New Orleans The pictures spoke louder than the words. On the front pages of papers around the country and the world, you could see the heels and toes of one foot after another in the arid sands. No shoes here, but these were indeed long fellows, at least now as the ages had encrusted the prints. Archeologists and others finding these human tracks near White Sands, New Mexico have made a huge discovery.
There’s controversy, if you want to call it that. The footprints were first sited in 2009, but the process of dating and confirming the age is a difficult and contentious enterprise requiring multiple tests, in this case of seed grass that can be carbon dated. The report places the age of the footprints at around 23,000 years ago before the last Ice Age hit the Americas. The controversy for scientists is whether the prints are really older than the tools dated at 13,000 years in the Clovis period, named after the New Mexico town near where they were found, after the glaciers retreated. Many of them are invested in one theory or another about how the Americas were populated, either coming with the thaw or snaking their way down the coast and moving inland beforehand.
I find that fascinating but can’t get too excited either way. To me just trying to get my mind around people on ground I’ve tread frequently ten or twenty thousand years ago is mind-boggling. They report finding over a thousand footprints in the White Sands area, so this was no one-off thing. One report talked about the difference in children’s prints indicating that they were jumping around and playing. It’s wildly difficult to image life one-thousand years ago or two-thousand years ago, but ten or twenty…wow! I’ve had the same feeling walking around dinosaur tracks in central Wyoming near where one of our trailers is in Manderson. Looking at their bones coming out of the rock near Vernal, Utah, not far from where we lived in Rangely, Colorado, was also breath taking.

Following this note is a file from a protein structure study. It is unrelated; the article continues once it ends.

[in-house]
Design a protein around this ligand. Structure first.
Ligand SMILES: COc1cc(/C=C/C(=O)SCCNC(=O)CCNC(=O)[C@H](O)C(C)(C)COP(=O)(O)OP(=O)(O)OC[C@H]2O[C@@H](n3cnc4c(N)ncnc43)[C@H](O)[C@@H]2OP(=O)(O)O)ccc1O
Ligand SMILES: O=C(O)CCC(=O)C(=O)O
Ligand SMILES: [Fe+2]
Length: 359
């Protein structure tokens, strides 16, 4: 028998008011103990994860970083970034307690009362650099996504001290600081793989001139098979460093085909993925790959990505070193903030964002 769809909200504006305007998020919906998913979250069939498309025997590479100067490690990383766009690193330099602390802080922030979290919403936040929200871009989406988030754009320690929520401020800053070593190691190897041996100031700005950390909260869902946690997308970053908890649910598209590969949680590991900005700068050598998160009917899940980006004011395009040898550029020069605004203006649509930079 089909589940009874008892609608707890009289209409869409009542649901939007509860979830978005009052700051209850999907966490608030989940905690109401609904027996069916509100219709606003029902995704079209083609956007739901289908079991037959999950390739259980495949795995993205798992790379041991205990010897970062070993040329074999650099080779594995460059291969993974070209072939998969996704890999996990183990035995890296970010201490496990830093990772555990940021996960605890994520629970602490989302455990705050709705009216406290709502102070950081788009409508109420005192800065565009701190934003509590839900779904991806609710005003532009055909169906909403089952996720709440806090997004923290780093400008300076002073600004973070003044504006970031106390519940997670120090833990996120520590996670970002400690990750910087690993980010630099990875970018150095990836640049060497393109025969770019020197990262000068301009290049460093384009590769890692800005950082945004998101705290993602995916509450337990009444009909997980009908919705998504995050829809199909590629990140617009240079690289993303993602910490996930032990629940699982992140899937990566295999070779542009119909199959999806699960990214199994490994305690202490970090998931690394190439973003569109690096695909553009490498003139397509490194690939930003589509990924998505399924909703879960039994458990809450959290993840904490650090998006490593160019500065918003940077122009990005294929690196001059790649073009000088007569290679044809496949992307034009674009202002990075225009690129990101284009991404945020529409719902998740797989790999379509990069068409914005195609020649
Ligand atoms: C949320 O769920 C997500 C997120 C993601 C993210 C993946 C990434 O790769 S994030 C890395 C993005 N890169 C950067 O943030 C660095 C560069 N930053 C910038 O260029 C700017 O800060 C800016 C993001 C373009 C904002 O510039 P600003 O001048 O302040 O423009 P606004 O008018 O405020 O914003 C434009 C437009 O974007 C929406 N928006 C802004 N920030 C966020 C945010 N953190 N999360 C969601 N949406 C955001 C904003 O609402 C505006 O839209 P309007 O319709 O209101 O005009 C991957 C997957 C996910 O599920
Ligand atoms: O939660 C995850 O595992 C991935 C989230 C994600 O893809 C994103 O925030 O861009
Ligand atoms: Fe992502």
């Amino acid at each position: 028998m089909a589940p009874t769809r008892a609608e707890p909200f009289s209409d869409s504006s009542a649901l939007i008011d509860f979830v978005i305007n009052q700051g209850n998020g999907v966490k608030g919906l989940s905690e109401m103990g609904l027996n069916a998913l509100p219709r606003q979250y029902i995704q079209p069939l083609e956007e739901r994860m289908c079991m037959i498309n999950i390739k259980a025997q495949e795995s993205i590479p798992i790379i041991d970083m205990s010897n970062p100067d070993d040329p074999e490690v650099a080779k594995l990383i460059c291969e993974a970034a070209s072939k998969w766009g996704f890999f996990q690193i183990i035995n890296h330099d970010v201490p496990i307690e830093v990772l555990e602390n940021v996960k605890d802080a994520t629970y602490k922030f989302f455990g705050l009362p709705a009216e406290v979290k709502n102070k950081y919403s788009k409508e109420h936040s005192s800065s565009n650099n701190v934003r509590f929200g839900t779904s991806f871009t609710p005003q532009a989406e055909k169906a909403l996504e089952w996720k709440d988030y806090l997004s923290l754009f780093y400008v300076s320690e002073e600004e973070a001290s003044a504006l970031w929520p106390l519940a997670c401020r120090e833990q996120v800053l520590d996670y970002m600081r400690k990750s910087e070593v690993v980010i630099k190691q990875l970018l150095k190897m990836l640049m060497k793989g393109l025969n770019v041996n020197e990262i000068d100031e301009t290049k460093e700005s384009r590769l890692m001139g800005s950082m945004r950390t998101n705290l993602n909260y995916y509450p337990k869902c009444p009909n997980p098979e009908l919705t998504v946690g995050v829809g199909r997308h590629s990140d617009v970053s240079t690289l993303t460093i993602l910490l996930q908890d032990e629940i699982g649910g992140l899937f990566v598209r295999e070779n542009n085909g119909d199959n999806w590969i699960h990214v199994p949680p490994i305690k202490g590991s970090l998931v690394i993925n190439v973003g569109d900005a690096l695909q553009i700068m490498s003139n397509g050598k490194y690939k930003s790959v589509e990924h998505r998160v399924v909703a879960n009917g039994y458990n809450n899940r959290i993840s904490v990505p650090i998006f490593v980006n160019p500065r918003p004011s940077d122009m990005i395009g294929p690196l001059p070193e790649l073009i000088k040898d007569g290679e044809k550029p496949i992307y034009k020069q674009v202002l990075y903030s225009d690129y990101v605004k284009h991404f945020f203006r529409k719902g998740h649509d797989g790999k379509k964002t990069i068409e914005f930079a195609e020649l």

This is real. Concrete. You can touch it and feel time. You can strain and try to imagine the journey and lives of people, essentially just like us. The billionaire obsession with space is a bigger stretch for me. I get it. It’s exploration and adventure. The search for aliens though is novel, but ephemeral to me. To my way of thinking, it’s not so much who cares, as simply theoretical and speculative.
The ancient ones, the Anasazi, as the Navajo call them, lived thousands of years ago in Chaco Canyon. That’s real and still mysterious, even as we look at the four-story structures and kivas in what was once North America’s largest city. Now, add another ten or twenty thousand years of real, walking, talking life here, and it strains the imagination, but the stark reality grips me deeply.
Why don’t we put more time and money behind fleshing out more deeply all of these generations before us, rather than chasing eyes in the sky?